Uganda’s Anti-Homosexuality Law Struck Down!

Victory

tinyurl.com/p5l8g8n

Today, people all over the world are celebrating the good news from Uganda:

A Ugandan court on Friday invalidated an anti-gay bill signed into law earlier this year, saying it was illegally passed and is therefore unconstitutional.

Sarah Jackson, Africa Deputy Regional Director at Amnesty International, echoes the thoughts of all the activists who protested against Uganda’s Anti-Homosexuality Act:

“Even though Uganda’s abominable Anti-Homosexuality Act was scrapped on the basis of a technicality, it is a significant victory for Ugandan activists who have campaigned against this law. Since it was first being floated in 2009, these activists have often put their safety on the line to ensure that Ugandan law upholds human rights principles.”

Bravo!

h/t: @cficanada

Alexander Sodiqov

Alexander Sodiqov, a Ph.D. student at the University of Toronto, is the subject of a Change.org petition:

[Alexander Sodiqov] was conducting research on conflict prevention in his home country of Tajikistan when he was suddenly detained on June 16th. He remained in detention for more than a month, and his release is conditional on his remaining in the country.

He is also the focus of an online article in Maclean’s, written by four former U of T students. In the article, “U of T fails to act for PhD student arrested in Tajikistan,” the writers claim

Universities need to step up when it comes to Alexander Sodiqov and other unlawfully held scholars. . . .

The writers argue that “universities seem to lack a clear or accessible protocol to secure the freedom of unlawfully held scholars,” and they strongly suggest that universities

develop clear and coherent protocols. When a scholar is arrested in another country on dubious grounds, the university should set in motion a series of actions that will help secure a speedy release.

Today, the same day the Maclean’s article was published online and 45 days after Sodiqov was arrested, Edward Schatz, Sodiqov’s PhD supervisor, started the Change.org petition,

calling on the government of Tajikistan to allow Alex to return to Canada, and on the government of Canada to do everything in its power to secure Alex’s full release and safe return to Canada.

The four former U of T students explain why you should sign this petition:

In an increasingly globalized world, research is being conducted in a wide variety of geographic areas. The areas of particular academic concern are often the least friendly to prying eyes and critical analysis. This intimidation should not be allowed to serve as a barrier to academic research, and universities should stand vehemently behind those who choose to conduct work in unstable regions. Some of us are able to conduct our research from the safety of our offices or homes, but others should not be abandoned or penalized for choosing to conduct riskier research in the field.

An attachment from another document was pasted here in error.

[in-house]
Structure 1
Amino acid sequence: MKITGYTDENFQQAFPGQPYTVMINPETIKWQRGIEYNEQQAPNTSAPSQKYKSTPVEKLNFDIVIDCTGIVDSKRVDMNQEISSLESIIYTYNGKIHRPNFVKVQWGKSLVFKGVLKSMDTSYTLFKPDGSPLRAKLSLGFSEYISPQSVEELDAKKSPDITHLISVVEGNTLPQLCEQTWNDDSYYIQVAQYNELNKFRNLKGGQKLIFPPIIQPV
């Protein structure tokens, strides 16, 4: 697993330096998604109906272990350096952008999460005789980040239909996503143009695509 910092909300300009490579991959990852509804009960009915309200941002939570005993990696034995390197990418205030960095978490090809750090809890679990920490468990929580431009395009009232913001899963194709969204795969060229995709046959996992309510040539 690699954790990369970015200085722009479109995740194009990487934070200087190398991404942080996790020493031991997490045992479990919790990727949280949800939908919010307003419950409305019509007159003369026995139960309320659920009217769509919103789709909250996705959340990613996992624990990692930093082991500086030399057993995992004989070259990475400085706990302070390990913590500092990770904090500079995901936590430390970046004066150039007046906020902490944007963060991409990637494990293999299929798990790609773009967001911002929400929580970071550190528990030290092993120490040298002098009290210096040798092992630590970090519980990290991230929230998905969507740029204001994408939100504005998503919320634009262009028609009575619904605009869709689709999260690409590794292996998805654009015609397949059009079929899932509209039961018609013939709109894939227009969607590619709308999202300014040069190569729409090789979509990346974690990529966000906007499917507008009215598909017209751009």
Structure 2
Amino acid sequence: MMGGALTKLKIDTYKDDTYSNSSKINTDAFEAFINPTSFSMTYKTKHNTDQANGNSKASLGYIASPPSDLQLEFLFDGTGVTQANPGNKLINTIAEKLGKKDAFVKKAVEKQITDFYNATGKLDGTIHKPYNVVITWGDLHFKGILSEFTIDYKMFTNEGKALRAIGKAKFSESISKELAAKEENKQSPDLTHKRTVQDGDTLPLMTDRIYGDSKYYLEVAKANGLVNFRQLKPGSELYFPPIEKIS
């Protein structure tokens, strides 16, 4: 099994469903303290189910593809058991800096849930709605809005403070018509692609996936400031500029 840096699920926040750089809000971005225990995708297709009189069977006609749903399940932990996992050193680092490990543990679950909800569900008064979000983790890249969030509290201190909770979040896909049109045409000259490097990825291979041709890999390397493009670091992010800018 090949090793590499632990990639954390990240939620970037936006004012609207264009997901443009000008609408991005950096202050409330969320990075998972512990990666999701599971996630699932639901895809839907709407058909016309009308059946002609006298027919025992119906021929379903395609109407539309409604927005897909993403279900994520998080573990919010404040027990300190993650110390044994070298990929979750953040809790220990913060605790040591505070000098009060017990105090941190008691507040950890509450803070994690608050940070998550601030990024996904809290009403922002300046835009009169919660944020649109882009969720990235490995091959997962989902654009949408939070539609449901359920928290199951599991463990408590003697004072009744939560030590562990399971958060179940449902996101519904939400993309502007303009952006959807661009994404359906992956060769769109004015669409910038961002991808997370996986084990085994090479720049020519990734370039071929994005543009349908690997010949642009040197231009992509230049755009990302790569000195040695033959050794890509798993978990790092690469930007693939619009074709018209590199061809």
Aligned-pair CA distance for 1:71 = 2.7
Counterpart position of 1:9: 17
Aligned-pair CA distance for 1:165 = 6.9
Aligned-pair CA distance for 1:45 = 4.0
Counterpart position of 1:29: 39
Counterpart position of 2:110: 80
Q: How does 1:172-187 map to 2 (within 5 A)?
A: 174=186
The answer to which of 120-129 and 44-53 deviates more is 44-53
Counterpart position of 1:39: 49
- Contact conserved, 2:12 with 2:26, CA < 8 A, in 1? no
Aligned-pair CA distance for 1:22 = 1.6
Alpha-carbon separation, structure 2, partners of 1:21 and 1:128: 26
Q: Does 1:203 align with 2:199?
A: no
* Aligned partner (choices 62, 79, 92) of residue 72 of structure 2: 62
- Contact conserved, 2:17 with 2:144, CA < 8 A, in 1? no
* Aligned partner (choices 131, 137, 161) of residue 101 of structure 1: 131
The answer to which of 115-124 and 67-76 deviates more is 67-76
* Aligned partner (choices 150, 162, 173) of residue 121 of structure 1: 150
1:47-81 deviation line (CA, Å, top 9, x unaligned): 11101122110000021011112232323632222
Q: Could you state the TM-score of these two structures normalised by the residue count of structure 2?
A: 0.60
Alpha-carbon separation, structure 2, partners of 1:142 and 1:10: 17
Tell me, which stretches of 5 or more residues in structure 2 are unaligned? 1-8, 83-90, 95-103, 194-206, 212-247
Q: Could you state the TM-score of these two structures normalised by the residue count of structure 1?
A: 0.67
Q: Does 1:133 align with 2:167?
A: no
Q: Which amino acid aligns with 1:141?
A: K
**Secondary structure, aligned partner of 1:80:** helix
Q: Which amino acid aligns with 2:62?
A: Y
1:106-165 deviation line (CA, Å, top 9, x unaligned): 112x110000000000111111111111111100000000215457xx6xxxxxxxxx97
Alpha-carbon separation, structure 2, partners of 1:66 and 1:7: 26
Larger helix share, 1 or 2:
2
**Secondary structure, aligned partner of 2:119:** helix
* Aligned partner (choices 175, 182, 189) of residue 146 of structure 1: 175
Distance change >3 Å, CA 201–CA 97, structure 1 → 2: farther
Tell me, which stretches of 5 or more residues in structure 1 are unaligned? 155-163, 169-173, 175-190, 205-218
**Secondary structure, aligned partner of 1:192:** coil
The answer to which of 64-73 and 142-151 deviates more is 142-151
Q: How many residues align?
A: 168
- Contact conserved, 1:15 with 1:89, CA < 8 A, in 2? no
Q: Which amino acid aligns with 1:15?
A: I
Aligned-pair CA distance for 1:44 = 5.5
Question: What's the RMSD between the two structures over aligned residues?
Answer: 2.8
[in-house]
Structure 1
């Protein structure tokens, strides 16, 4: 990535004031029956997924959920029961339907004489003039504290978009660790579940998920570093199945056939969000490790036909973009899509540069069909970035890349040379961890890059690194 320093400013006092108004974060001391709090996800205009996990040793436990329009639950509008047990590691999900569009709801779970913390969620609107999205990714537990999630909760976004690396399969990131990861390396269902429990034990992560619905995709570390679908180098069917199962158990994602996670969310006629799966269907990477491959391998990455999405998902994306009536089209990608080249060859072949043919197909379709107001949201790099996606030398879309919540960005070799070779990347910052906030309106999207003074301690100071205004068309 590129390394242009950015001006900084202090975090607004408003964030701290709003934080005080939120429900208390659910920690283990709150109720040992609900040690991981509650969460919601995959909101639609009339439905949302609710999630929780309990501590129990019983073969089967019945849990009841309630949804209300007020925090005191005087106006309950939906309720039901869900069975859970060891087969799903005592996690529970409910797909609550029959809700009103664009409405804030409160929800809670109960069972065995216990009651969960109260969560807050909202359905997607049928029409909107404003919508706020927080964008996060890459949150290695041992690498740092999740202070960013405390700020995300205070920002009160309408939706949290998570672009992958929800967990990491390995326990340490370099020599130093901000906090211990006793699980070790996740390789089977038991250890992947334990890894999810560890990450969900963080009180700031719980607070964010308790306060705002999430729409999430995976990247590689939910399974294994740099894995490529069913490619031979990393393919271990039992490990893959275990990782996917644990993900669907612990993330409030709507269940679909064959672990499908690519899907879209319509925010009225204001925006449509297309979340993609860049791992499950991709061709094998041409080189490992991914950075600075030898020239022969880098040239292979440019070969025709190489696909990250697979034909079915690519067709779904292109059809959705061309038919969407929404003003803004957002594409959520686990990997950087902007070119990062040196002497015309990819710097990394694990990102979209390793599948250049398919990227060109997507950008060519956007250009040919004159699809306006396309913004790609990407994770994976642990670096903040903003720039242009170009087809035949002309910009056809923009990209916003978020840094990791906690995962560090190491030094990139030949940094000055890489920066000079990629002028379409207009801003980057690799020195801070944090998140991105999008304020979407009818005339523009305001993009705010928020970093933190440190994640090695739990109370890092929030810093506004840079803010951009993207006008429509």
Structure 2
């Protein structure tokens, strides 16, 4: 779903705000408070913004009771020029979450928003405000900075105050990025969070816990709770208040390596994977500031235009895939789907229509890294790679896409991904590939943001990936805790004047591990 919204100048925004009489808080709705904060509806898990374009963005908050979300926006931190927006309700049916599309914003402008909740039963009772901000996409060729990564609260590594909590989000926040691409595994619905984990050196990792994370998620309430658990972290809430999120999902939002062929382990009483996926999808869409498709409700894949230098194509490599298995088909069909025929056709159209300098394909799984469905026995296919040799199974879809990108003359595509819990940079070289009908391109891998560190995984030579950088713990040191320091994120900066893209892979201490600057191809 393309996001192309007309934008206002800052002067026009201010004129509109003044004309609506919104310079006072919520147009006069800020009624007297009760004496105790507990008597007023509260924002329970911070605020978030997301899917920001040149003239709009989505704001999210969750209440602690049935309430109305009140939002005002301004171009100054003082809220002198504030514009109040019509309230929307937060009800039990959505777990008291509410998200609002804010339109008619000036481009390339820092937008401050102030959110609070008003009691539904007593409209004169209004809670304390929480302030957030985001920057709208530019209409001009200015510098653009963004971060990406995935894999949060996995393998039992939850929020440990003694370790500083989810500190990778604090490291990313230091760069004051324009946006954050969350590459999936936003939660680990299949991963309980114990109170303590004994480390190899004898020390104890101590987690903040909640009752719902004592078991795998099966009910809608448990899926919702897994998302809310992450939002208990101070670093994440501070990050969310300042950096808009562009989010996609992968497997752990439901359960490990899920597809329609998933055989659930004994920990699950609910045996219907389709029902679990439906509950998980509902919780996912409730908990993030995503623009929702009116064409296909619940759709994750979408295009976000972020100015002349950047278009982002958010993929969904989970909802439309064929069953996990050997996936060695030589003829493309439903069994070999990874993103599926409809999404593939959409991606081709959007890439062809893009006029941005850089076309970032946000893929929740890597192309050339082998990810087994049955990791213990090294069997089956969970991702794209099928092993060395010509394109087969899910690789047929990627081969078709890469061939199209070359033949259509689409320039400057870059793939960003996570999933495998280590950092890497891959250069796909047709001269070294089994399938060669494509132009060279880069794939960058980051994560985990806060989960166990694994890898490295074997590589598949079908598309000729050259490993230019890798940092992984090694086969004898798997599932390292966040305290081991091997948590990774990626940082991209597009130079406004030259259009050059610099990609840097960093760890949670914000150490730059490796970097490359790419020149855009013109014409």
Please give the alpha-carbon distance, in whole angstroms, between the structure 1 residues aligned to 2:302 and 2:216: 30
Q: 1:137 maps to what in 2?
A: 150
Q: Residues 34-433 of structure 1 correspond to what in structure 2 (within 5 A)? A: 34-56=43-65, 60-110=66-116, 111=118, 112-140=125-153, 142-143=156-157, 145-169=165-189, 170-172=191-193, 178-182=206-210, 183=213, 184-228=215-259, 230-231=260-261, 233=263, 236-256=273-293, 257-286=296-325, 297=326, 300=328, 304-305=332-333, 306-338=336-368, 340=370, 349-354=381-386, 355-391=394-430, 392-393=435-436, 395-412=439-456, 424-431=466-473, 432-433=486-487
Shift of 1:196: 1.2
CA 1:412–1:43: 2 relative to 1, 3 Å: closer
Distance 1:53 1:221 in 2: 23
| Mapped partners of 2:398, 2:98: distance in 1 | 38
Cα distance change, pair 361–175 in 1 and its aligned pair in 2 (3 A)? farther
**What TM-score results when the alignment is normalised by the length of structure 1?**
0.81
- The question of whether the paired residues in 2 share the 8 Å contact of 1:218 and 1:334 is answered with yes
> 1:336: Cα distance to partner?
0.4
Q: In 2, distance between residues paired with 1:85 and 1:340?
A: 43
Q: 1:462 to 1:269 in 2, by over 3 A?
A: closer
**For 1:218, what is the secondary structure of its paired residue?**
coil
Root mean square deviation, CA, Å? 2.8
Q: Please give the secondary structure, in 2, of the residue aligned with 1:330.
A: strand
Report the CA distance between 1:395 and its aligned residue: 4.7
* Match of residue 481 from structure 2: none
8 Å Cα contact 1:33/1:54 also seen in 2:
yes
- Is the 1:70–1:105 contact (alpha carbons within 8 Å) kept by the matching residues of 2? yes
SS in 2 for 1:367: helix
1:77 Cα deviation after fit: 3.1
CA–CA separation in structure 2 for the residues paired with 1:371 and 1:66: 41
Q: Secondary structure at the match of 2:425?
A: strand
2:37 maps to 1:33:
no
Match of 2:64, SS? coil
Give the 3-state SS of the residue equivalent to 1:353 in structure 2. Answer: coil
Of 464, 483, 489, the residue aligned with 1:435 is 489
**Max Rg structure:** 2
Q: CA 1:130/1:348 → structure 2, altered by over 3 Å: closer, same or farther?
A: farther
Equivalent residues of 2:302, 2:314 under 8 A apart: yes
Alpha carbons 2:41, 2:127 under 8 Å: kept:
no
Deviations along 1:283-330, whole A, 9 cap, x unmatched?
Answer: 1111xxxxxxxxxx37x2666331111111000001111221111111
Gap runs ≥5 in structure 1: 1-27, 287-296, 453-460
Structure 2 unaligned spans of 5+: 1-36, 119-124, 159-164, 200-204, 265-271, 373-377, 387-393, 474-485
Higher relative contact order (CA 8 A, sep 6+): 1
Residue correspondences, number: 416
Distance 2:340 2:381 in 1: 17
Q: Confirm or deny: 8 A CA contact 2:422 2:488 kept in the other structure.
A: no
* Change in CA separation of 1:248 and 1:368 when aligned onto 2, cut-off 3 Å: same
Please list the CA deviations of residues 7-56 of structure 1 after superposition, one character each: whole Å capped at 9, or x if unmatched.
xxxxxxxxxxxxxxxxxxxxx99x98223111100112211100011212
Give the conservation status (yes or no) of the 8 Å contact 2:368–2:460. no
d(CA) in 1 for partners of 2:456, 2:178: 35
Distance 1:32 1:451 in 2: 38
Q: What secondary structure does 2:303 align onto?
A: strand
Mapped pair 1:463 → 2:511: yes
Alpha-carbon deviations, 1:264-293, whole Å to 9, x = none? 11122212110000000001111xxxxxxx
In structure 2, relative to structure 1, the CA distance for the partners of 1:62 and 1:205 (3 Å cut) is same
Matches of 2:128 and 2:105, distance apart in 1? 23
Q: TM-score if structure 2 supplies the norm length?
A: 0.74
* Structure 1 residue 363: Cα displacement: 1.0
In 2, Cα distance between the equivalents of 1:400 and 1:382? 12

I agree; please sign the petition:

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If Only It Were True

The headline for Hans Rollmann’s July 25th article for his column “To Each Their Own” in the The Independent promises “Harper Government to Revoke Charitable Status of Catholic Church.” If only it were true, this would be a fitting punishment for an organization that is politically active across Canada in attempting to influence politicians at all levels of government to either promote or change existing legislation, for example, same sex marriage, stem cell research and physician assisted dying. It would be a fitting smack down for Cardinal Collins, the Archbishop of Toronto, who unfortunately has too much influence over the Ontario government, an influence that means the Ontario government favours the Roman Catholic Church by funding its discriminatory Catholic schools. As Spencer Lucas points out in a July 26th post:

Ontario is anachronistic with its fully funded Catholic school system. We spend about 22 billion dollars a year on public school in this province and a major chunk goes to the Catholic Church – I mean, Catholic school system. A third of Canadians live in Ontario and the 6.66 million non-believers here are largely unwittingly funding an institution that we not only do not agree with, but probably have actively left.

Unfortunately, the Harper Government is not revoking the charitable status of the Catholic Church. The editor’s note at the bottom of the article explains,

This is satire, but we hope you figured that out already.

However, Hans Rollmann’s article is fun reading even if it is satire.

h/t: Malcolm

This is satire, but we hope you figured that out already. – See more at: http://theindependent.ca/2014/07/25/harper-government-to-revoke-charitable-status-of-catholic-church/#sthash.ixd0gM20.dpuf

Honest Liar in TO

James Randi was in Toronto recently, sorry if you missed that, but if you are in Toronto area, you can still see his new movie in a theatre: An Honest Liar.

James “The Amazing” Randi is an 85-year-old magician and escape artist who has been enchanted with illusions from a young age. Dedicating his life to learning the tricks of the trade, Randi became a sensation who toured the world, always honest about being a “liar, cheat and charlatan.” When people start using the same tricks but calling themselves “psychics”—like spoon-bender Uri Geller or “faith-healing” like televangelist Peter Popoff—Randi is angry and afraid for the people who are duped. Devoting himself to a new cause, Randi follows the deceivers from city to city, publicly debunking their claims. But when the FBI arrests Randi’s partner of 26 years for identity fraud, the layers of deception become blurred.

Thems the perks of living at the centre of the universe, I guess :)

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